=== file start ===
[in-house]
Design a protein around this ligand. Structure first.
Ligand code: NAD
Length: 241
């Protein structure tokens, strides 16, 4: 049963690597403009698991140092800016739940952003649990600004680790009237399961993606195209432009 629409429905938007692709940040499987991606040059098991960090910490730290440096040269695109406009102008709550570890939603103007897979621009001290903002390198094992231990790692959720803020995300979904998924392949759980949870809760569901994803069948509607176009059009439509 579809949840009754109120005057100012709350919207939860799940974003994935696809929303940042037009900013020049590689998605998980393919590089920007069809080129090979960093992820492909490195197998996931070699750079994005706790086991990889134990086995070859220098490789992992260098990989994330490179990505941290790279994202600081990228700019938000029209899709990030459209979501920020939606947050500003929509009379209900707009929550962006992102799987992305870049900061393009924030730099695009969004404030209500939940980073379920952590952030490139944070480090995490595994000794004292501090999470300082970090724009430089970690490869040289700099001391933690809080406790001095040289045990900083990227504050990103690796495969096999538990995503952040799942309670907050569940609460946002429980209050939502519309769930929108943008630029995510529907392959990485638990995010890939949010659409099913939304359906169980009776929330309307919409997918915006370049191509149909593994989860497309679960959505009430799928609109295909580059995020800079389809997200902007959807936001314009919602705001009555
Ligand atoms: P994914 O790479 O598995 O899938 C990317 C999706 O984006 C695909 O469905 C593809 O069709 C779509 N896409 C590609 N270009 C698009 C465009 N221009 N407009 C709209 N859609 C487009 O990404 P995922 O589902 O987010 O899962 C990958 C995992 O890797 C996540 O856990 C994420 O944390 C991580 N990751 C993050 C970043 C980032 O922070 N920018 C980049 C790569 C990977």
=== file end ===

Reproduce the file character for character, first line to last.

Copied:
[in-house]
Design a protein around this ligand. Structure first.
Ligand code: NAD
Length: 241
């Protein structure tokens, strides 16, 4: 049963690597403009698991140092800016739940952003649990600004680790009237399961993606195209432009 629409429905938007692709940040499987991606040059098991960090910490730290440096040269695109406009102008709550570890939603103007897979621009001290903002390198094992231990790692959720803020995300979904998924392949759980949870809760569901994803069948509607176009059009439509 579809949840009754109120005057100012709350919207939860799940974003994935696809929303940042037009900013020049590689998605998980393919590089920007069809080129090979960093992820492909490195197998996931070699750079994005706790086991990889134990086995070859220098490789992992260098990989994330490179990505941290790279994202600081990228700019938000029209899709990030459209979501920020939606947050500003929509009379209900707009929550962006992102799987992305870049900061393009924030730099695009969004404030209500939940980073379920952590952030490139944070480090995490595994000794004292501090999470300082970090724009430089970690490869040289700099001391933690809080406790001095040289045990900083990227504050990103690796495969096999538990995503952040799942309670907050569940609460946002429980209050939502519309769930929108943008630029995510529907392959990485638990995010890939949010659409099913939304359906169980009776929330309307919409997918915006370049191509149909593994989860497309679960959505009430799928609109295909580059995020800079389809997200902007959807936001314009919602705001009555
Ligand atoms: P994914 O790479 O598995 O899938 C990317 C999706 O984006 C695909 O469905 C593809 O069709 C779509 N896409 C590609 N270009 C698009 C465009 N221009 N407009 C709209 N859609 C487009 O990404 P995922 O589902 O987010 O899962 C990958 C995992 O890797 C996540 O856990 C994420 O944390 C991580 N990751 C993050 C970043 C980032 O922070 N920018 C980049 C790569 C990977």